My friend who was a land lord is much happier since he got out of it.

Tue, 04/10/2012 - 20:20 | 2333241 riphowardkatz
riphowardkatz's picture

yes making money is still work and often when people are done working they feel some joy.

yes income producing investments often require maintenance otherwise they are speculations. 

yes laws affect renting just like they affect apple or gm or gold for that matter.

yes there are taxes with renting or selling a property just like there is with gold or apple or gm.

your list is basically a list of costs associated with any investment opportunity.

It also doesnt list the benefits with the major one being a short of the dollar. 

Tue, 04/10/2012 - 19:52 | 2333176 youngman
youngman's picture

Don´t forget ...the government will just impose rent controls and higher taxes on rental incomes...it won´t be that easy..

Wed, 04/11/2012 - 14:33 | 2335308 PayneNita
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Tue, 04/10/2012 - 17:38 | 2332903 SHEEPFUKKER
SHEEPFUKKER's picture

END THE FED

Tue, 04/10/2012 - 17:58 | 2332953 Sudden Debt
Sudden Debt's picture

YES... IT'S TIME FOR A NEW LOGO....

Tue, 04/10/2012 - 18:08 | 2332973 BKbroiler
BKbroiler's picture

ha

Tue, 04/10/2012 - 18:15 | 2332982 SheepDog-One
SheepDog-One's picture

They've already got their new logo, 'World Central Bank'. Soon.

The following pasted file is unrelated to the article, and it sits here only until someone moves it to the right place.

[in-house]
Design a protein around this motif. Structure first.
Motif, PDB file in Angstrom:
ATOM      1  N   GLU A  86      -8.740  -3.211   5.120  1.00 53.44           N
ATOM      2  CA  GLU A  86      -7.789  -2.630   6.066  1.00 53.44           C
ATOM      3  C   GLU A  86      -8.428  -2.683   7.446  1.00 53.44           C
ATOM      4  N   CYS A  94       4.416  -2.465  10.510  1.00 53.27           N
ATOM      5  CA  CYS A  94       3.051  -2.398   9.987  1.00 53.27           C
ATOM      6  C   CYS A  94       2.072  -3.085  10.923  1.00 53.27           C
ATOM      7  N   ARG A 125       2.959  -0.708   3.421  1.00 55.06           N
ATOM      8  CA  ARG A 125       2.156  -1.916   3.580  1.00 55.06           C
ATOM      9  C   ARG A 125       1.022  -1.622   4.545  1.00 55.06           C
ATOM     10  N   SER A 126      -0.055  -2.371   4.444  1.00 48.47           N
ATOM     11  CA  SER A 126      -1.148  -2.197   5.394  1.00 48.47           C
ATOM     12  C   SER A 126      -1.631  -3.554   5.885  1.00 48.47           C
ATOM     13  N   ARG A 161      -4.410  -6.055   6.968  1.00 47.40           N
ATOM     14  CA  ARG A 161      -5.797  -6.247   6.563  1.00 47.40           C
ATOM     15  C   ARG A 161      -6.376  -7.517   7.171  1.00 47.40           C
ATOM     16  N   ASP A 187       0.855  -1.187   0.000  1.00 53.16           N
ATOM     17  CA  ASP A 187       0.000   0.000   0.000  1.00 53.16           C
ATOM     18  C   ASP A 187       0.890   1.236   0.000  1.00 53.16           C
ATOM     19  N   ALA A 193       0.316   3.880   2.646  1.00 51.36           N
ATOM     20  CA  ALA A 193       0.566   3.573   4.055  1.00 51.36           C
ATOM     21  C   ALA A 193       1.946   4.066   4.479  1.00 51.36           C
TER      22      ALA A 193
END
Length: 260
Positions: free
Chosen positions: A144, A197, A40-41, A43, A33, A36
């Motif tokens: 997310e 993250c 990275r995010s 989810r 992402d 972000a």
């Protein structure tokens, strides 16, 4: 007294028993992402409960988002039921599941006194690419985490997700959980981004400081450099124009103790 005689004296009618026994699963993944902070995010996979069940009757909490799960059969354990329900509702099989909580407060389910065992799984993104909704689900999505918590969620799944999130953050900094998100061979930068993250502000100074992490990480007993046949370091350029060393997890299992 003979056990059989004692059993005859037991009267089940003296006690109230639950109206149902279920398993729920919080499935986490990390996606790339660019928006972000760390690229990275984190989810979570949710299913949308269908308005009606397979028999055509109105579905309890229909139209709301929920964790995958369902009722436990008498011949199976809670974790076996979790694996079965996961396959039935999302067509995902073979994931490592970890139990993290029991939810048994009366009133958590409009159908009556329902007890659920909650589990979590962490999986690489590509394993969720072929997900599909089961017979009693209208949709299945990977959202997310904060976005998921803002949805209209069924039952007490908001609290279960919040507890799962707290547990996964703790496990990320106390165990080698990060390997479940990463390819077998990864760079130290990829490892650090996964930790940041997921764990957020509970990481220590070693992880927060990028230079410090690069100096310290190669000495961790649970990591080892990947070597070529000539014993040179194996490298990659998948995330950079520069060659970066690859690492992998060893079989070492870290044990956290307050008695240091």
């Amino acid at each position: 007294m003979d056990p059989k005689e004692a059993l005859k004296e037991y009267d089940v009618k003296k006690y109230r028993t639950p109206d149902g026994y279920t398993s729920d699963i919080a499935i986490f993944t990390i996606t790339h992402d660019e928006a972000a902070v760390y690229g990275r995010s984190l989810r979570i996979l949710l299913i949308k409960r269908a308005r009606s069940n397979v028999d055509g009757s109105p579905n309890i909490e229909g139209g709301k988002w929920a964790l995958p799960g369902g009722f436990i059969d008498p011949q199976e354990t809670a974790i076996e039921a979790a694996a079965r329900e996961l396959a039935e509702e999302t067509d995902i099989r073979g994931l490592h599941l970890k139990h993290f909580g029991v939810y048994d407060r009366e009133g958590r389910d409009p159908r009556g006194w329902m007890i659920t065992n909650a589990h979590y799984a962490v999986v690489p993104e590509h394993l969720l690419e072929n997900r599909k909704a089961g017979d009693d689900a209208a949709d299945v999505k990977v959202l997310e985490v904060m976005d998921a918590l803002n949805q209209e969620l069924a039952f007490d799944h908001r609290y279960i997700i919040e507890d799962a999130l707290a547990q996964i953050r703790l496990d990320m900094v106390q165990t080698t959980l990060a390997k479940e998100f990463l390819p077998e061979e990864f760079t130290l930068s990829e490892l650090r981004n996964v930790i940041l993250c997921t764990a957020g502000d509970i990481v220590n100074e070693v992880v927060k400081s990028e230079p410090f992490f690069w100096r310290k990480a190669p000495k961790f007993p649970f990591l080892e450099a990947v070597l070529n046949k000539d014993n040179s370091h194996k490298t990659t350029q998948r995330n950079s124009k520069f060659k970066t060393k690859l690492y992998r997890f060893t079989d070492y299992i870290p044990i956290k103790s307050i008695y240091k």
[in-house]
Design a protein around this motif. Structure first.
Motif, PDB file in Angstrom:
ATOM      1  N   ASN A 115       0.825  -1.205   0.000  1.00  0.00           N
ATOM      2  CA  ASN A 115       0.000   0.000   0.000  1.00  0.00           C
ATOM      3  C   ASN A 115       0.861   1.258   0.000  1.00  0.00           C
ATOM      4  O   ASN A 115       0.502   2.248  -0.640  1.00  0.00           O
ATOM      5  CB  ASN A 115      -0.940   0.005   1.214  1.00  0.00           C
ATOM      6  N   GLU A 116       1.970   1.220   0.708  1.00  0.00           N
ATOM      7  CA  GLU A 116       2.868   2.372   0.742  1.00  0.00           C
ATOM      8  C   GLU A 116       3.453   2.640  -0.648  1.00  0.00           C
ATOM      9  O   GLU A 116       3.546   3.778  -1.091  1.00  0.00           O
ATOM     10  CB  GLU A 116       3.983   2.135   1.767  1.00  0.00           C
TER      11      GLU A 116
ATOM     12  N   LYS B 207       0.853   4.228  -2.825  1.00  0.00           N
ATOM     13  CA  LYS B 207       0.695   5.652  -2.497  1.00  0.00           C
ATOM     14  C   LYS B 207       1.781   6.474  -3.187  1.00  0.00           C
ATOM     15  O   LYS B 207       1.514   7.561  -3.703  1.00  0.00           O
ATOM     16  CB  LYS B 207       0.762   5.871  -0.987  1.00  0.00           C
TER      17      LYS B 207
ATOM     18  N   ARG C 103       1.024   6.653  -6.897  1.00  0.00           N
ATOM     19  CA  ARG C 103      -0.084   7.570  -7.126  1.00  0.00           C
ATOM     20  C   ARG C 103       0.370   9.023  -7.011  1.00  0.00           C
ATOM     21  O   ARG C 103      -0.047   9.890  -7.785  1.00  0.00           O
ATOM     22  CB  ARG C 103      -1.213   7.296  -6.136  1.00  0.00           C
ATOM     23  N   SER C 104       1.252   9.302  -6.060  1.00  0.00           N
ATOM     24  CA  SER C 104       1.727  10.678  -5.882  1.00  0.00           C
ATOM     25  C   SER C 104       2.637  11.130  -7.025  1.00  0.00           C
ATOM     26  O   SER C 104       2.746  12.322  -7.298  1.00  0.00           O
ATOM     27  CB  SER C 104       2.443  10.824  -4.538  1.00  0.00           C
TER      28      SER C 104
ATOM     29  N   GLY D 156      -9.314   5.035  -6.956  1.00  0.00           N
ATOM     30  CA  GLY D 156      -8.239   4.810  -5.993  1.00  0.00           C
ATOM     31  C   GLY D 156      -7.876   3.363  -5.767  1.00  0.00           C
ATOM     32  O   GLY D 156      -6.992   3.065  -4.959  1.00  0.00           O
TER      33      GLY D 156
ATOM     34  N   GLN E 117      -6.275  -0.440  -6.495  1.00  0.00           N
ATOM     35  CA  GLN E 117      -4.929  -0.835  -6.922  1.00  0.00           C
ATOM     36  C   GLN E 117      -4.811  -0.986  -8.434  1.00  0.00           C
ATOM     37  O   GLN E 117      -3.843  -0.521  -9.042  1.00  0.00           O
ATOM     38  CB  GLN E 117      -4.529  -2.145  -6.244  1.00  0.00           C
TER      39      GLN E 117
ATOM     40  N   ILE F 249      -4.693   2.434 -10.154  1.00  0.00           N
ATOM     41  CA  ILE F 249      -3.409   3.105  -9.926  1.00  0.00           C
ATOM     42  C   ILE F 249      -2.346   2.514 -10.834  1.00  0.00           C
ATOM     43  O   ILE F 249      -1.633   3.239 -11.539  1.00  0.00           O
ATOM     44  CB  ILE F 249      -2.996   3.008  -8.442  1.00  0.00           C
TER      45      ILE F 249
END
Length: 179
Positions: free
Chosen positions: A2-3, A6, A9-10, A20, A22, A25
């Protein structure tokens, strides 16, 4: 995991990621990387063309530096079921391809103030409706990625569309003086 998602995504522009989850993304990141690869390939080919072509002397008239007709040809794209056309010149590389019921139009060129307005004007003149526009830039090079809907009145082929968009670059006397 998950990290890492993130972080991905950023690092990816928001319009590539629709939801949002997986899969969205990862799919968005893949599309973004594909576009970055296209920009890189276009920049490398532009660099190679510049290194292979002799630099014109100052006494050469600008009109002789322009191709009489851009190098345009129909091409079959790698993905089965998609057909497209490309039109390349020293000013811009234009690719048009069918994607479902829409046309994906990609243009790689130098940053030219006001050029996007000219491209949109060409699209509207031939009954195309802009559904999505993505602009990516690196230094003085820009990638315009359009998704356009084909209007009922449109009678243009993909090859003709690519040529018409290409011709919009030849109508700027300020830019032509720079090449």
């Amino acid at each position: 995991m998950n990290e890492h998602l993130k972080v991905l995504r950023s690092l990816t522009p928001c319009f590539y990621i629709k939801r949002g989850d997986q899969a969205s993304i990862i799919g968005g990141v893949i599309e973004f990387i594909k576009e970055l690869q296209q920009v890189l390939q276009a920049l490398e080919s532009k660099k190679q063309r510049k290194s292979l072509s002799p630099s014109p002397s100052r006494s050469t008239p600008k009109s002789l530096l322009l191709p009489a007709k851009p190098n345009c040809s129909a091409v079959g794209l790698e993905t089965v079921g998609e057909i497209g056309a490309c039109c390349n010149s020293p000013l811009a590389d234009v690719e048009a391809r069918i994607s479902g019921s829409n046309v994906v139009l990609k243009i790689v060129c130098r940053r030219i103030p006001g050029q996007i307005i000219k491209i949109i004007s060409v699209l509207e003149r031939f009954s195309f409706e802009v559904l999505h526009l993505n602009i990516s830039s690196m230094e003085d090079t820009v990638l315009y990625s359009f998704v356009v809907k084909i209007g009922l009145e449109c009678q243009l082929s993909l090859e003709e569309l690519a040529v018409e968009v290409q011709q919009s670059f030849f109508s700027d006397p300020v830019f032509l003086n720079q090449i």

Tue, 04/10/2012 - 22:35 | 2333446 palmereldritch
palmereldritch's picture

Where are my detonators?!

http://www.youtube.com/watch?v=AxOOoxfIvGI

Tue, 04/10/2012 - 17:39 | 2332905 NotApplicable
NotApplicable's picture

Independent? Of what? Certainly not the Rothschilds.

Tue, 04/10/2012 - 17:53 | 2332942 bank guy in Brussels
bank guy in Brussels's picture

Yes, 'Independent of what?' -

That's what I thought when I saw this article title. You mean those central bank guys were actually independent once? Weren't beholden to a national or international bankster community? How did we all miss it? Ha!

 

Tue, 04/10/2012 - 18:27 | 2333014 Cursive
Cursive's picture

@Not Applicable

Exactly. The question here is who is in charge. The Credit Suisse guy tries to perpetuate the myth that the bankers should not be beholden to politicians. In reality, the Creature from Jekyl Island is pulling all of the muppet's strings. I'd like to declare freedom from our banking overlords.

Tue, 04/10/2012 - 17:39 | 2332907 Snakeeyes
Snakeeyes's picture

Interesting. I spoke today at Brookings with Ed DeMarco. http://www.c-span.org/Events/C-SPAN-Event/10737429760/

Someone from the Chinese Embassy approached me about some debt deal between China and the Obama Administration.

WTF?

I had to run to Fox News for an interview. What was this guy talking about? 

http://confoundedinterest.wordpress.com/2012/04/10/fhfas-demarco-no-trial-principal-reduction-yet/

Tue, 04/10/2012 - 17:47 | 2332924 bank guy in Brussels
bank guy in Brussels's picture

Bruce Krasting on ZeroHedge has been covering Ed DeMarco quite sharply for several years now - lots of articles. Check the search box.

Tue, 04/10/2012 - 17:41 | 2332909 Paul Atreides
Paul Atreides's picture

It's too bad we couldn't just force governments globally to raise the interest rates a couple points. The whole thing would implode, we could jail the banking cabal, we could get back to honest commodity backed money and a 'real' economy.